HE was omitted from Queensland’s 33-man extended squad but Broncos young gun Pat Carrigan is determined to win over Maroons coach Kevin Walters with a bumper 2020 campaign.
Despite having captained the Queensland under-20s side two years ago, Carrigan was a surprise omission from the Maroons’ preliminary squad for a revamped pre-season camp last December.
The Broncos lock lost out to the likes of Canberra workhorse Corey Horsburgh, Broncos teammate Tom Flegler and Panthers utility Kurt Capewell. But the NRL’s revised season schedule has given Carrigan time to make a statement.
In the wake of the COVID-19 saga which forced an eight-week suspension of the NRL season, the State of Origin series was shifted from its traditional June-July timeslot to a November campaign after this year’s grand final.
That gives Carrigan another four months of week-to-week NRL action to press his claims for an Origin debut in an arena tailormade for his workrate, no-nonsense runs and ability to play 80 minutes.
“One hundred per cent, it’s definitely a goal of mine that I have set (to play for Queensland),” Carrigan said.
“I need to do my job for the Broncos first and put myself in a position where I’m better than the opposite No.13, or whatever role I am playing every week.
“I grew up in Queensland and loved watching the Maroons play.
“My mum is from NSW, so I don’t know how she would go. But I remember the opportunity to play with Queensland in the younger rep teams and I would be around the coaches like Justin Hodges and Scotty Prince.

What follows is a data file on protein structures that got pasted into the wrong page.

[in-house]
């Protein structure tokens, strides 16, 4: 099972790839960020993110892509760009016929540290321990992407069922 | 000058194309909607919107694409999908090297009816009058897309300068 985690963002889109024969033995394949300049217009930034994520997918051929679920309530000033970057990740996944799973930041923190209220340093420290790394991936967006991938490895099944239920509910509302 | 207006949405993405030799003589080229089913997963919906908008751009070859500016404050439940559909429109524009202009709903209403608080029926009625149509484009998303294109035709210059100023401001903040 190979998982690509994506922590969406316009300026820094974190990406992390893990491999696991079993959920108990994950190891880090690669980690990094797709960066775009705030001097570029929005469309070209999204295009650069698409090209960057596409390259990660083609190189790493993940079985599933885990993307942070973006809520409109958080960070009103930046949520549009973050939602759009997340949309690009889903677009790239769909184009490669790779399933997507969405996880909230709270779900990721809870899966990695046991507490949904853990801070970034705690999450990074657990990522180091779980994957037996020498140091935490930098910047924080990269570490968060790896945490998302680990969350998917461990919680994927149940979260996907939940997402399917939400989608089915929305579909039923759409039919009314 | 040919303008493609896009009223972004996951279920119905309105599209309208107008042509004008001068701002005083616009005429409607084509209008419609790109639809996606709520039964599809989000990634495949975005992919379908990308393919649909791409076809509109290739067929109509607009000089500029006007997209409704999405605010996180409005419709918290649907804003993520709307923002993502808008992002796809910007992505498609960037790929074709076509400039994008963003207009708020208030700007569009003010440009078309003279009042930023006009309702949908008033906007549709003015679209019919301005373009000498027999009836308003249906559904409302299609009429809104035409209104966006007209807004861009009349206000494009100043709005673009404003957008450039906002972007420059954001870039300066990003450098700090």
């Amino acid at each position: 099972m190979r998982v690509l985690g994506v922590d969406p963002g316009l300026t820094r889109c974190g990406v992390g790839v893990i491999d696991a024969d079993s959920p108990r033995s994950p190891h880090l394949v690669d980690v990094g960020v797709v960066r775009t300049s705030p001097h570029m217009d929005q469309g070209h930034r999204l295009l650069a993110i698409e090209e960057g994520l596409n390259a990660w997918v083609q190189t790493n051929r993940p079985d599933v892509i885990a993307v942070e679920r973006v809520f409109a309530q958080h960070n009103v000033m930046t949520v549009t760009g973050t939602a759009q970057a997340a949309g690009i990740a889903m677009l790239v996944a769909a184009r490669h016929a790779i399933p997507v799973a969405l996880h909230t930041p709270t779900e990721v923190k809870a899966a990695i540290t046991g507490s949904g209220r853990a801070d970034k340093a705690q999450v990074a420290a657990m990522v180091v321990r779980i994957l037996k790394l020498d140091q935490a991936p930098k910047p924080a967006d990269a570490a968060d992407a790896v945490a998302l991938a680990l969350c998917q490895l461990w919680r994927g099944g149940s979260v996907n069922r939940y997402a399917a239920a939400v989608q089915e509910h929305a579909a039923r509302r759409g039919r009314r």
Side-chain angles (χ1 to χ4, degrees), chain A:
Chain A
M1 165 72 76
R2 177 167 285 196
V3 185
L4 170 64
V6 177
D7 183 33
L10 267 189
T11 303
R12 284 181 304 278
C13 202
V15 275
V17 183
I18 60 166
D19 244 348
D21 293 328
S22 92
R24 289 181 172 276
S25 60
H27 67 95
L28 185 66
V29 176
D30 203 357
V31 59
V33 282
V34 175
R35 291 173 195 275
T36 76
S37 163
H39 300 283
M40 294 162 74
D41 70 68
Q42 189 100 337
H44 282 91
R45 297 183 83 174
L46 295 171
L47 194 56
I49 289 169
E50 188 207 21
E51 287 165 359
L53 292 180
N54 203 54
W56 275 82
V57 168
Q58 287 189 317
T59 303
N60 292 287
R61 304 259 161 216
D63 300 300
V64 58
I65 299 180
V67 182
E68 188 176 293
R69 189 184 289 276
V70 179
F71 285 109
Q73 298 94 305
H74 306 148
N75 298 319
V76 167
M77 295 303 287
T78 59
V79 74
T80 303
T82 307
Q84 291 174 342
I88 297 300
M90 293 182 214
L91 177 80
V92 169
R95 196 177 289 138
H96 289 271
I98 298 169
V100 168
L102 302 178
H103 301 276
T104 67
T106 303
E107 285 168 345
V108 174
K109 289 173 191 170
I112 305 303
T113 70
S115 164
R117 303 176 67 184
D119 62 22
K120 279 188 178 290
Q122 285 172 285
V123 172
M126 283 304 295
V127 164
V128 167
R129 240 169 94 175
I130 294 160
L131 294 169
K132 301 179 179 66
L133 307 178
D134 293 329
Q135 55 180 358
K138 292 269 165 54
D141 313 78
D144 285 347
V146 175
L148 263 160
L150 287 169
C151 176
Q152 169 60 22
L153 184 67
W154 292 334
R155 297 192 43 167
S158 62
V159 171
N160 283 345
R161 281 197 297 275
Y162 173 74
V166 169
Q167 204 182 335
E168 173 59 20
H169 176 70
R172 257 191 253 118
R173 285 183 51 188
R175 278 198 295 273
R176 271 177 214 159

“I’d love to be able to pull on the (Queensland) jersey one day and hopefully it will come.”
Queensland coach Walters will be searching for fresh blood this year to avoid a third straight series defeat and Carrigan plans to keep incumbent lock Josh McGuire honest in his dream to wear Maroon for the first time.
McGuire’s departure from the Broncos at the end of 2018 came as a surprise to many in the code, but Brisbane insiders were always confident they had a ready-made successor in the industrious Carrigan.
The 22-year-old Carrigan has seen the effects of Origin from close range when fellow Broncos teammates return to Red Hill battered and bruised after a showdown with the Blues.
“Anyone who has played Origin, I have seen the guys come in and back up three days after and they look pretty sore,” he said.
“Three weeks in a row (of Origin games in November) might take a toll on the body.”
His rise has been meteoric. This time last year, Carrigan was celebrating his NRL debut against the Wests Tigers.
Then, after just 19 NRL games, Carrigan was stunned to be handed the co-captaincy for Brisbane’s first two games against the Cowboys and Souths in March when first-choice skipper Alex Glenn was ruled out with injury.
Carrigan admits he initially feared he hadn’t earned the respect of the Broncos group when he was appointed co-captain.
“As a younger fella, you always worry about that (getting respect),” he said.
“It’s a bit hard for me to lead the boys and look across and see a guy like Darius (Boyd) who I respect.
“I was five or six years old when he debuted in the NRL.
“I just tried to take it like I would do my job and I don’t need to tell the boys what to do. I ran out first, but it doesn’t change too much about what we do.
“It was a huge honour to captain the Broncos, but I still feel I have a long way to go in my career.”